About the Book
This volume is a first attempt at gathering together, translating, describing and analysing an immemorial textual and oral Nepalese Buddhist heritage, doomed to disappear a most antique form of veneration of major figures of the Buddhist religion of the Tamangs, based on Tibetan corpus. The analysis is centered around the recreation and final dissolution of both ferocious and pacific images of their gods and ancestors. Multiple dramas and rehearsals featuring the complex rules of the society and all the obstacles encountered by people in their day to day lives, are played theatrically under the guidance of the Head rnyingmapa Lama and/ or the Bard. Books, dramas, recitations, speak of fiercely combatting hordes of demons, enemies of the group, of eliminating a scapegoat and of using for this all the resources of a very high-mountain environment, though far away in fact from where the ceremony in question is performed. People claim loud and clear to have descended from kings who came from the top of an original mountain situated in the centre of the world and touching the sky.
Similarly. Funeral rites founded on a conceptualisation of the phases of death, and Teachings for the laity recited by the local bard, suggest that today's Tamangs ancestors may well have been contemporaneous with ancient Mongolian societies, all of them adepts of the old Ben religion and prior to periods when the great literature of the northern Treasure-texts gterma disseminated in Nepal from the seventeenth century onwards, was introduced.
This long-term work is the result of a collective effort bringing together the skills of researchers, ethnologists and historians, passionate about the world of these Buddhist populations of Nepal.
About the Authors
BRIGITTE STEINMANN, director of the publication, is a French professor and researcher in Anthropology. She has been working in Nepal since 1980. Among her main other publications: -Les Enfants du Singe et de la Démone. Mémoires des Tamangs, récits himalayens. Paris. Nanterre 2001. Editor of Le Maoisme au Népal: lectures d'une révolution. Paris, CNRS, 2006.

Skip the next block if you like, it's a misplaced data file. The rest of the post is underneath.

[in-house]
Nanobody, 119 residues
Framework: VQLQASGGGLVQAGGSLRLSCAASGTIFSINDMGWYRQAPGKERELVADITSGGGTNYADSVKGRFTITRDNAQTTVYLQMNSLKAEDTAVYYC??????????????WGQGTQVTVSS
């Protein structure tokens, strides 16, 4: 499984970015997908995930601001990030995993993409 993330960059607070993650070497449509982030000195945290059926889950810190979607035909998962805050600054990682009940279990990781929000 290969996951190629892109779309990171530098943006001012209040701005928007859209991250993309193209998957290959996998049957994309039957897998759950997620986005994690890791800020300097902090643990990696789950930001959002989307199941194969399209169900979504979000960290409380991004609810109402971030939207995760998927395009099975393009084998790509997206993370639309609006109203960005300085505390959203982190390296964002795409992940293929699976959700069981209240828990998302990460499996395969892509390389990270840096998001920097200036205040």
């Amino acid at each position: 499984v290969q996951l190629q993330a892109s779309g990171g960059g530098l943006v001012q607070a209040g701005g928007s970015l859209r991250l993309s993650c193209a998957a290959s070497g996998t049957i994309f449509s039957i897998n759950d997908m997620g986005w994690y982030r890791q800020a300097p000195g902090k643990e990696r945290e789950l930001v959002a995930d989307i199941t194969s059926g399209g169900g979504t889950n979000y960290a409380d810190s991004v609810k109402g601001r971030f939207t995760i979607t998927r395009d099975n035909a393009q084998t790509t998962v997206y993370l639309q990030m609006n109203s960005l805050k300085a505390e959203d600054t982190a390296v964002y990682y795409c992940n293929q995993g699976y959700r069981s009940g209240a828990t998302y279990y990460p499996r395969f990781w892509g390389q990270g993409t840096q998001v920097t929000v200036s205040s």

MUKTAS. TAMANG is an anthropologist and teaches at Tribhuvan University in Kathmandu. His research interest includes alternative history, indigenous peoples, social inclusion, and human rights. He received his Ph.D. from Cornell University, and has been a Visiting Fellow at Jawaharlal Nehru University in New Delhi and Goldsmiths' College of University of London. He also worked as a Research Fellow at the New School for Social Research in New York.
THUDEN GYALCHEN LAMA is a rnyingmapa monk and historian, living in Rajvir gompa, Sailung (Doramba district, Nepal). He is co-author with M. S Tamang of Jigs rien tam chos lha chos mi chos bzhug she. Tamang & Lama, 2005.
Practising anthropology in the field is just, as much, if not more than an endeavour to compare knowledge of the 'social other': it is a lifelong exercise. The very question of occupying a particular place serves to legitimise the ethnological undertaking. Those who, at the outset, do not wish to let themselves be affected by occupying a place, are forever being offered many new ones. This is really the only advantage the ethnologist derives from refusing to play a role, for in this way they are presented with a vast range of places determined by prestige or banality, kinship, status, hierarchy, and the social demarcation of the sexes. For an anthropologist who has become doubly foreign through their decision to travel and their status as a temporary immigrant, sharing the life of any human community presupposes constant resistance to spontaneous shifts in relationships, the assignment of places, not to mention the tendency to accept places of honour, which they are immediately offered, and to reject those that cast the anthropologist back into the anonymous crowd. We are far from understanding this slow and insidious mechanism of the transformation of the 'sense of self, the sense of 'individuality' or 'subjectivity' that is largely unconscious at the outset, when we believe we are engaged in the enjoyable occupation of spending part of our lives in a country at the antipodes of our own.
For a long time, white explorers setting out on senseless conquests. with only their own interests in mind, ardently coveted the virgin snows, relentlessly confusing the names of people's lands with the names of their trades. In the Himalayas, they trampled over the retreats of the gods and confidently, with an all-embracing gesture, called 'Sherpas" all the peoples of the mountains of castern Nepal, and others, who allowed them to hoist their flags and to think, totally exhausted and in a trance-like state, that they had finally 'conquered' the Himalayan summits. The prestigious name. Sherpa, was the hallmark of the ephemeral glory of some Nepalese guides, whereas others - their less prestigious neighbours but the formers' 'Sherpa porters' - readily adopted this name that allowed them, load after heavy load, to become in turn sirdar-lieutenants of a few troops of coolie-porters. In not too distant times, other English conquests had managed to popularise, among these high-altitude people, training in military discipline to which their famous 'warrior qualities' and their natural 'virtues of endurance" would always have predisposed them. In the past, when asked by recruiters of Gurkha battalions regarding work in the West, these Sherpas-for-a-day would sometimes answer that they were 'Lamas', sometimes that they were what Brahmins called 'Siyena Bhotiya', 'cow-meat caters' and 'alcohol drinkers.
**Contents and Sample Pages**